The Congress party held an emergency meeting to discuss the crisis. But the absence of party chief Sonia Gandhi due to an undisclosed illness appeared to have further weakened the government decision-making.
Gandhi left control of the party in the hands of a quartet, including her 41-year-old son, Rahul, widely seen as a prime minister in waiting.
The arrest played into Hazare’s hands. Many parties were sceptical about the fast and there has been criticism the activist was holding Indian parliamentary democracy hostage. But doubts about the protest were overshadowed by the arrest.
A weak political opposition means that the government should still survive the crisis, but it could further dim the prospect for economic reforms that have already been held back by policy paralysis and a raft of corruption scandals.
Restive middle class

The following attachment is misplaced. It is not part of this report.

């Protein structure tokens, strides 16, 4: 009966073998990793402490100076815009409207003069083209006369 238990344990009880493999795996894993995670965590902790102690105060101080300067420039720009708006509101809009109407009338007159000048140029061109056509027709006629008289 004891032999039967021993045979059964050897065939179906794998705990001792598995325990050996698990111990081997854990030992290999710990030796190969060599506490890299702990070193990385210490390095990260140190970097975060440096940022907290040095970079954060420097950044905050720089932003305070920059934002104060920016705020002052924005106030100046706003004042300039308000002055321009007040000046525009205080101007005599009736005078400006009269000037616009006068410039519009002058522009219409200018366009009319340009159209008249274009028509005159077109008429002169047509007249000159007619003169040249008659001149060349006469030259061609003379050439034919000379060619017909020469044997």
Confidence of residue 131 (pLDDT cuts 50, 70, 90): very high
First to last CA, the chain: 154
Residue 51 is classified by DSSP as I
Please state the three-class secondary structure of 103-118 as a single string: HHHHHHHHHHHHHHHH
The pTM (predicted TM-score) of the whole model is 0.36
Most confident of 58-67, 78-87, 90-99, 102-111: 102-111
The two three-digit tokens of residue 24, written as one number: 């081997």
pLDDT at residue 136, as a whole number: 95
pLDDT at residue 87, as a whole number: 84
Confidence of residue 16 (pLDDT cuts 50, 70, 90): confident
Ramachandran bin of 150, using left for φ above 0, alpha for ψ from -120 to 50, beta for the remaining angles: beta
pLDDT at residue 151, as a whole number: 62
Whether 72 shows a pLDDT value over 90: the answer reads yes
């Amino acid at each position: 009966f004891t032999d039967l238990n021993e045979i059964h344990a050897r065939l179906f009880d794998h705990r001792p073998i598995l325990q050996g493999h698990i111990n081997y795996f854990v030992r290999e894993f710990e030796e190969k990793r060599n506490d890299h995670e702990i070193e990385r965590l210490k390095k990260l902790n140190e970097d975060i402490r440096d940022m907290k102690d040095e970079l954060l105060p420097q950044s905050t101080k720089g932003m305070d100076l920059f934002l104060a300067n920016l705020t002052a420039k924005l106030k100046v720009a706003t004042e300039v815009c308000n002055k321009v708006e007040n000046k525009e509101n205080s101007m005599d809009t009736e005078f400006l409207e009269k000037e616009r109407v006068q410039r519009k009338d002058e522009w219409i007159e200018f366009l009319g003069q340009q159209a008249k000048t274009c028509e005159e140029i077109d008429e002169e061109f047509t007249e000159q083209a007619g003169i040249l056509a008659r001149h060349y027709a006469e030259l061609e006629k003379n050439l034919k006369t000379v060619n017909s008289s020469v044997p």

The arrests shocked many in a country with strong memories of Gandhi’s independence battles against colonial rule with fasts and non-violent protests.
Opposition figures likened the crackdown to the 1975 “emergency” when then-prime minister Indira Gandhi arrested thousands of opposition members to stay in power.
The question for many is whether Hazare’s movement will grow in the fast-urbanising nation whose increasingly assertive middle class is fed up with constant bribes, poor services and unaccountable leaders.
The scandals, including a telecoms bribery scam that may have cost the government $39-billion, have not only stymied Singh’s reform agenda, they have dented investor confidence and distracted parliament just as the $1.6-trillion economy is being hit by inflation and higher interest rates.
Hazare rose to fame for lifting his village in the western state of Maharashtra out of grinding poverty. His social activism has forced out senior government officials and helped create a right-to-information act for citizens. — Reuters